Join us in congratulating Dr. Deana Williams for successfully defending her dissertation on December 10, 2021.
An Exploratory Study on the Health and Wellbeing of Biracial/Multiracial and Bisexual Older Adults
We asked Deana to share a summary of her dissertation research.
"Bisexual people of color continue to be underrepresented within health-related research, despite evidence of striking health disparities and unique wellbeing needs compared to white bisexual groups. As an LGBTQ+ health researcher, I am passionate about using my work to explore, illuminate, and amplify the narratives of racially and ethnically diverse bisexual groups to promote visibility and advance health equity.
In 2019, I conducted a study that examined the identity-related health experiences of a gender-diverse group of biracial/multiracial and bisexual adults. While this work helped expand knowledge of the health needs of this community, most participants were young and middle adults (ages 18-30). Across gerontological, public health, and sexual minority health fields, biracial/multiracial and bisexual older adults (individuals ages 50 and above) are non-existent within previous literature. I recognized a critical need for insight into the social, mental, and physical concerns, challenges, and successes of aging biracial/multiracial and bisexual adults. So, I aimed to address these gaps through my dissertation research titled “An Exploratory Study on the Health and Wellbeing of Biracial/Multiracial and Bisexual Older Adults.”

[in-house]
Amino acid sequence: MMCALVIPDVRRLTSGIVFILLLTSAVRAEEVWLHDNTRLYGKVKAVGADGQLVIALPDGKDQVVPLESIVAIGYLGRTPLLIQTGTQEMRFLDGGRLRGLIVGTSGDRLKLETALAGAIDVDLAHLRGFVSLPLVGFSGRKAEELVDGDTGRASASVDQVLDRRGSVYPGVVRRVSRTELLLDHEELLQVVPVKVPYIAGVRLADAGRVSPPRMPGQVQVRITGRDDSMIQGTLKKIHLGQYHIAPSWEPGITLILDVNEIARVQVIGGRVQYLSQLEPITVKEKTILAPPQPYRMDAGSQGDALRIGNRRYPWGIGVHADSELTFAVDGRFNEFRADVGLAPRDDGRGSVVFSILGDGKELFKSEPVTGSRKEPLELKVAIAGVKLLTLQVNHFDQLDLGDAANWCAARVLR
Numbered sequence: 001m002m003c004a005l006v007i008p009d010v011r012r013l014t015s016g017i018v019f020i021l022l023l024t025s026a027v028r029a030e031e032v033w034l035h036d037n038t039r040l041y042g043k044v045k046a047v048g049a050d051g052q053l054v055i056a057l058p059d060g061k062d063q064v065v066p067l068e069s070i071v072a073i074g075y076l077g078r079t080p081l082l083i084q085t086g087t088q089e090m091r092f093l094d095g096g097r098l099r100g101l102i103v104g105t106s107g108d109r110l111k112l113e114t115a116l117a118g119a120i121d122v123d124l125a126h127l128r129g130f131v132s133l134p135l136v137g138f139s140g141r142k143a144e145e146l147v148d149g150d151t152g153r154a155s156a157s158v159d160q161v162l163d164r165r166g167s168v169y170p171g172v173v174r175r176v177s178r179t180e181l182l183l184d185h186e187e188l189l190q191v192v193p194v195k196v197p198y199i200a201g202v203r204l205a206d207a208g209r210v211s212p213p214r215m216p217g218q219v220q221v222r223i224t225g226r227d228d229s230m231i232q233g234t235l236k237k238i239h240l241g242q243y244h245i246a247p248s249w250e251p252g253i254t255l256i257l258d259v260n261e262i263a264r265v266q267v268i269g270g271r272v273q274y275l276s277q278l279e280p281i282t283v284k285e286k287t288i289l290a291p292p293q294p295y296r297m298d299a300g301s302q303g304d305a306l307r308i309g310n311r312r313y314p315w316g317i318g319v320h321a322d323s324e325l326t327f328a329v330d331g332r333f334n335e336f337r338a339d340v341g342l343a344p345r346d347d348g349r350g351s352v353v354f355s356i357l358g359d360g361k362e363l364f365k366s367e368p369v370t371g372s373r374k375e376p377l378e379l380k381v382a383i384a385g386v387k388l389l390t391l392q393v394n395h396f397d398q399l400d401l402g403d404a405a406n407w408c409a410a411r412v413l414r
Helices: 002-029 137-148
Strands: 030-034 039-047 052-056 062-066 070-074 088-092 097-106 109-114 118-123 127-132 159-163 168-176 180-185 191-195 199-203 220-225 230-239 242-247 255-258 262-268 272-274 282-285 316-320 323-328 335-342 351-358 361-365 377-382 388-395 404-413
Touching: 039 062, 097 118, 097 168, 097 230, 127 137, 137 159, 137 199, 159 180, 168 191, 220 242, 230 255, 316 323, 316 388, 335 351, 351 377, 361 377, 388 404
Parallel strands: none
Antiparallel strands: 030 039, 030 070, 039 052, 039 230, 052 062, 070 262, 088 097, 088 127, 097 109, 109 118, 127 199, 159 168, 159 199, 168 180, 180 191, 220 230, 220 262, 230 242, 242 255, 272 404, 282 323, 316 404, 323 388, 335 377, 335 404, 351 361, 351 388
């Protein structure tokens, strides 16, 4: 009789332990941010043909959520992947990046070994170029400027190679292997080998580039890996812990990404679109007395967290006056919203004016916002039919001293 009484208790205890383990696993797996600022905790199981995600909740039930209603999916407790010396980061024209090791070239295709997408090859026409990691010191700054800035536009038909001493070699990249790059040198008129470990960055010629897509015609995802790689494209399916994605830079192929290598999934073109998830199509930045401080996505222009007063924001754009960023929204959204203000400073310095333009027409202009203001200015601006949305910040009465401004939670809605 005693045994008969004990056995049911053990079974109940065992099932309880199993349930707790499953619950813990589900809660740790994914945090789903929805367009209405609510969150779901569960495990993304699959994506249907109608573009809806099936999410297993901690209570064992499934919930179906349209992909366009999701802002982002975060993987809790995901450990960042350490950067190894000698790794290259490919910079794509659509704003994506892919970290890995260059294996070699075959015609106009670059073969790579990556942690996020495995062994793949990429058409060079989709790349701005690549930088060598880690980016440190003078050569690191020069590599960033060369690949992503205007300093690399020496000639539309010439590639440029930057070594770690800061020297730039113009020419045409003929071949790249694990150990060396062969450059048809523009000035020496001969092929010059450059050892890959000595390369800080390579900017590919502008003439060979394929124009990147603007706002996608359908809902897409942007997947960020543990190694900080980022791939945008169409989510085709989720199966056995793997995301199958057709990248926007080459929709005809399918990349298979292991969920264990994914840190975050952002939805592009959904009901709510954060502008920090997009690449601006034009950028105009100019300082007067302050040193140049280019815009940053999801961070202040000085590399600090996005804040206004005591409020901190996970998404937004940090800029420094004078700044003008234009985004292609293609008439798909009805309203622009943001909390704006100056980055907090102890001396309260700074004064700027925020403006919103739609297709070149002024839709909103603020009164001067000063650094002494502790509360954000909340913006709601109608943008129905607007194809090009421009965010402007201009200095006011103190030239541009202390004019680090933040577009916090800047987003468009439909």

My dissertation asked four questions: 1) How do biracial/multiracial and bisexual older adults conceptualize their identity histories? 2) What are biracial/multiracial and bisexual older adults’ self-reported health experiences, needs, and concerns? 3) What are biracial/multiracial and bisexual older adults’ experiences with social support and community connectedness? 4) What positive and negative experiences do biracial /multiracial and bisexual older adults attribute to their identities? Essential to my study is its exploration of the existing assets of this community. Too often, LGBTQ+ health research emphasizes disadvantage without accounting for how LGBTQ+ folks demonstrate resistance in their lives and persistence in adversity. By examining intersectional identity-based strengths, this study opens more possibilities for promoting wellness.
Findings from this study have implications for fostering resiliency, enhancing community based-resources, services, and programming, improving healthcare systems, and developing future gerontological studies."